“Chuy got busted a while back. Most of the OGs got sent to the DOC,” Delgado explains.
The DOC—otherwise known as the Department of Corrections.
Chuy used to be second in command. Once Chuy went down, the rest of the OGs went down with him. My cousin Enrique almost served time, but Alex helped him get a good lawyer who got the case against him dismissed.
“You think Alex had somethin’ to do with the bust?”
Alex, responsible for bringing down the Latino Blood? I don’t think so. “My brother isn’t a narc,” I say. Fuentes pride runs deep, and I’ll do anything to protect my brothers and my family name. “¿Comprende?”
Marco nods. “I’ve got no problem with him. It’s all good, man.”
Mariana Castillo, the girl every guy had a crush on in second grade, sits with us. A bunch of girls follow her lead. Mariana was always the leader of the girls … whatever she did, the other girls followed. She’s got a flawless complexion, long legs, thick lips, and a gleam in her eyes that reveals a raw and ruthless spirit.
“Well, well. I guess the rumors are true,” she tells me. “Luis Fuentes has definitely grown up.”
Marco laughs. “I think you’ve got yourself a fan club, Luis.”
“You should come out with all of us on Saturday night,” Mariana says.
“I’ve got to work,” I tell her.
“That sucks. What if we—”
A blaring voice over the loudspeakers scattered throughout the courtyard cuts her off. “Luis Fuentes, please report to Principal Aguirre’s office immediately. Luis Fuentes, report to Principal Aguirre’s office immediately,” the voice bellows again just in case for some miraculous reason I hadn’t heard the first time.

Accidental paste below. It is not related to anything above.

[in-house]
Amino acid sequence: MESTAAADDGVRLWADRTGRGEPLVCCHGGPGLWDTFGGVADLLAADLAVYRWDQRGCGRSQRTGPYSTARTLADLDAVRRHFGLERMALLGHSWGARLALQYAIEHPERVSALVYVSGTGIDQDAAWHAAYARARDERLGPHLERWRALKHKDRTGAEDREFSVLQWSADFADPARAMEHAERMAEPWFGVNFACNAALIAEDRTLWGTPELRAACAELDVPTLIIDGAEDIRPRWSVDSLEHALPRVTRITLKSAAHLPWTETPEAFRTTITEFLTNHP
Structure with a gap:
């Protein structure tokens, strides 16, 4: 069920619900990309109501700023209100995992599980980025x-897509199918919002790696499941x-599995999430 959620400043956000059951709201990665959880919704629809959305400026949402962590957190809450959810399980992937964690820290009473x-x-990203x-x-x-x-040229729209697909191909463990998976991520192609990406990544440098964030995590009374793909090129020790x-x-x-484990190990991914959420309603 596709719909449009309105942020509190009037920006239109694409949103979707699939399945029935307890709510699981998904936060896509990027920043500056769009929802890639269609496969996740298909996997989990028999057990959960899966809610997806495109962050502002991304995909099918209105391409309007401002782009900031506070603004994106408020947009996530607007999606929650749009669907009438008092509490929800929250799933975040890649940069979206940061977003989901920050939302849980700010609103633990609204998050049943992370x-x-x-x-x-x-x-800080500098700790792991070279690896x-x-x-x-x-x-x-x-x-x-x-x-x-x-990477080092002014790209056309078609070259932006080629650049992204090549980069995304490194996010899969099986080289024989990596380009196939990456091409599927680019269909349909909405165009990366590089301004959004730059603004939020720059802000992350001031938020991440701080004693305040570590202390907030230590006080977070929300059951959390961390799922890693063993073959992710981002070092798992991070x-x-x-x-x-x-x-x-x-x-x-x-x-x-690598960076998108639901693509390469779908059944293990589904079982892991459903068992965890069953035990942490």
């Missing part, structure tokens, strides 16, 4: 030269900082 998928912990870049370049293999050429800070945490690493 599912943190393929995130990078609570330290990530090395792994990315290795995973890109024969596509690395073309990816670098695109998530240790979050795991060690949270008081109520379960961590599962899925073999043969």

Marco lets out a low whistle. “In trouble with Aguirre on the first day of school, Fuentes?” he asks, amused. “He’s probably been alerted that we were friends back in grade school. Got in our share of trouble, didn’t we?”
“Sure did.” Marco and I had been in the same homeroom and sat next to each other for practically every class. I always earned good grades, but Marco could always convince me to be his partner in crime.
“Did you get called in, too?” I ask him.
“First thing this mornin’. Aguirre’s a hard-ass and will try to scare you into playin’ by his rules. He’ll try to get you to talk, but keep your mouth shut. It’ll totally piss him off. It’s hilarious watchin’ his face get all red.”
“I bet it has to do with that fight with Dougan in the locker room,” Pedro chimes in.
“Good luck,” Mariana says.
“Thanks,” I say, hoping that I don’t need it.
I find the front office a few minutes later. An old woman behind the front desk looks frazzled as students stand around impatiently requesting class schedule changes or signing up for appointments with the guidance counselor.
I figure I’ll wait in line instead of announcing my arrival. I’m not looking forward to facing Aguirre. Marco isn’t the only one who declared him a hard-ass. My brothers warned me that their old principal didn’t take any prisoners.
The door opens to Aguirre’s office and a tall guy wearing a suit and tie appears. “Fuentes!” he yells above the noise. He scans the room until his eyes lock on mine. He doesn’t look thrilled to see me. “In my office,” he orders.
I weave my way through the crowd.
Aguirre is holding a manila folder with my name typed on it as he sits on the edge of his desk. “Come in, Luis. Sit down.”
I sit in one of his guest chairs and look around the room. Fairfield High School memorabilia is scattered on the walls, as well as pictures of Aguirre with old alumni. A tennis player, an NFL quarterback, and a news anchor are a few of the alumni pictures posted. Impressive.